Archived Webinar

Thorough QT-QTc in a Dish: An In Vitro Human Model That Accurately Predicts Clinical Concentration-QTc Relationships

Presenter: Weihsueh A. Chiu, PhD, Texas A&M University

Presenter: Weihsueh A. Chiu, PhD, Texas A&M University 

The “Thorough QT/QTc” (TQT) study is a cornerstone of clinical cardiovascular safety assessment for pharmaceuticals, designed to assess whether QTc is prolonged by no more than 10 msec at 95% confidence. We hypothesized that the concentration-QTc (C-QTc) modeling of iPSC-derived cardiomyocytes from a diverse sample of human subjects can serve as a “TQT study in a dish,” providing accurate prediction of the range of concentrations that would be below the regulatory threshold. 

Methods: Using a population of iPSC-derived cardiomyocytes derived from 27 donors without reported cardiovascular disease, we tested 10 positive and 3 negative control drugs with known in vivo C-QTc relationships based on pharmacokinetic-pharmacodynamic modeling. We used Ca2+ flux imaging to measure in vitro beating, identifying the peak decay-rise ratio as an in vitro surrogate for in vivo QTc. We fit the C-QTc relationship using a population Bayesian model, and compared posterior predictions to in vivo C-QTc reported in the literature. Finally, we demonstrated clinical translation by predicting the percent confidence that the regulatory threshold of 10 msec QTc prolongation would be breached.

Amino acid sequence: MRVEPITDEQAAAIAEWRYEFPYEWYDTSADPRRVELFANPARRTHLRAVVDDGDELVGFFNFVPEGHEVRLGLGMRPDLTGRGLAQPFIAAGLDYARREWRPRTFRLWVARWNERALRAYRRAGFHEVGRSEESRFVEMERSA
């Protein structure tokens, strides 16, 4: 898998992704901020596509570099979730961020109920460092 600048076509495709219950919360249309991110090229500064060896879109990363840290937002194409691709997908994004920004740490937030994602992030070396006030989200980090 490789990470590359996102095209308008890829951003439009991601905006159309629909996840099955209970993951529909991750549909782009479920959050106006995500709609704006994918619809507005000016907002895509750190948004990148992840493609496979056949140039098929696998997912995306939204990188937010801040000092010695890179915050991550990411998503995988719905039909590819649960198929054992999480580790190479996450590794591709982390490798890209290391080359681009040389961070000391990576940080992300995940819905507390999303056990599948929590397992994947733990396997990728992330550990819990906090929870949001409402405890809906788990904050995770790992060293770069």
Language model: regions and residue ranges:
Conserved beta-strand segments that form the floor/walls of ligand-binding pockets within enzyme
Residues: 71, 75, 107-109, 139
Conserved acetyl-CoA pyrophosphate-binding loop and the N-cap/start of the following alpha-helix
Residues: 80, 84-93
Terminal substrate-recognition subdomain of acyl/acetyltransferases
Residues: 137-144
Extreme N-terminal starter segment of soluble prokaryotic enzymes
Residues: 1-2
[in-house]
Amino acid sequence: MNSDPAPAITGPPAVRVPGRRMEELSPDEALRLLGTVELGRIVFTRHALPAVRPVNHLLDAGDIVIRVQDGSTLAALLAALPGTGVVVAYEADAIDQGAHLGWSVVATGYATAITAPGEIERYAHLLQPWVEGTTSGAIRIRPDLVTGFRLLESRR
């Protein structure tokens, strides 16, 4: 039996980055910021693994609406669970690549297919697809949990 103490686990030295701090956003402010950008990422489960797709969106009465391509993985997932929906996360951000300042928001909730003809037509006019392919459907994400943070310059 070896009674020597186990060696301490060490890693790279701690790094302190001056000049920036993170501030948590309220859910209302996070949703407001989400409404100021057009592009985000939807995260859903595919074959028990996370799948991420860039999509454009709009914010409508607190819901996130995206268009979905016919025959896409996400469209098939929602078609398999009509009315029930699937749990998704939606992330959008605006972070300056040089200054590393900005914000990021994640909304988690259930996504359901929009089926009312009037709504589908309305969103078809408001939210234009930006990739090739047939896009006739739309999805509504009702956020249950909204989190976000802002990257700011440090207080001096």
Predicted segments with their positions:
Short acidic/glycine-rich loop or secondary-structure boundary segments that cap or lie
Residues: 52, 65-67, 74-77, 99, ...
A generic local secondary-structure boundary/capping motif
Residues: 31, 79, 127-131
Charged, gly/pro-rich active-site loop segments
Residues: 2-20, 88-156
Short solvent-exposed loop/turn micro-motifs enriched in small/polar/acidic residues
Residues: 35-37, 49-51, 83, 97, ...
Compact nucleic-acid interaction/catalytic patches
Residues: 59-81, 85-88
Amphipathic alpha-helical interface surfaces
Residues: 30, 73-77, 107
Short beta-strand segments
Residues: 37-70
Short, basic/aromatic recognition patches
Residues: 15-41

Results: The in vivo C-QTc relationships were accurately predicted for all 13 drugs. Population-based predictions were more accurate than predictions based single-donor cardiomyocytes. Nine of 10 positive controls and 2 of 3 negative controls were definitively identified as being above and below, respectively, the regulatory threshold for QTc prolongation. 

Conclusions: A “TQT study in a dish” is feasible using a population-based iPSC-derived cardiomyocyte model combined with population Bayesian C-QTc modeling, and provides an accurate prediction of the in vivo concentration range below the threshold of regulatory concern. This approach has broad regulatory science implications for both pharmaceutical testing as well as environmental toxicants.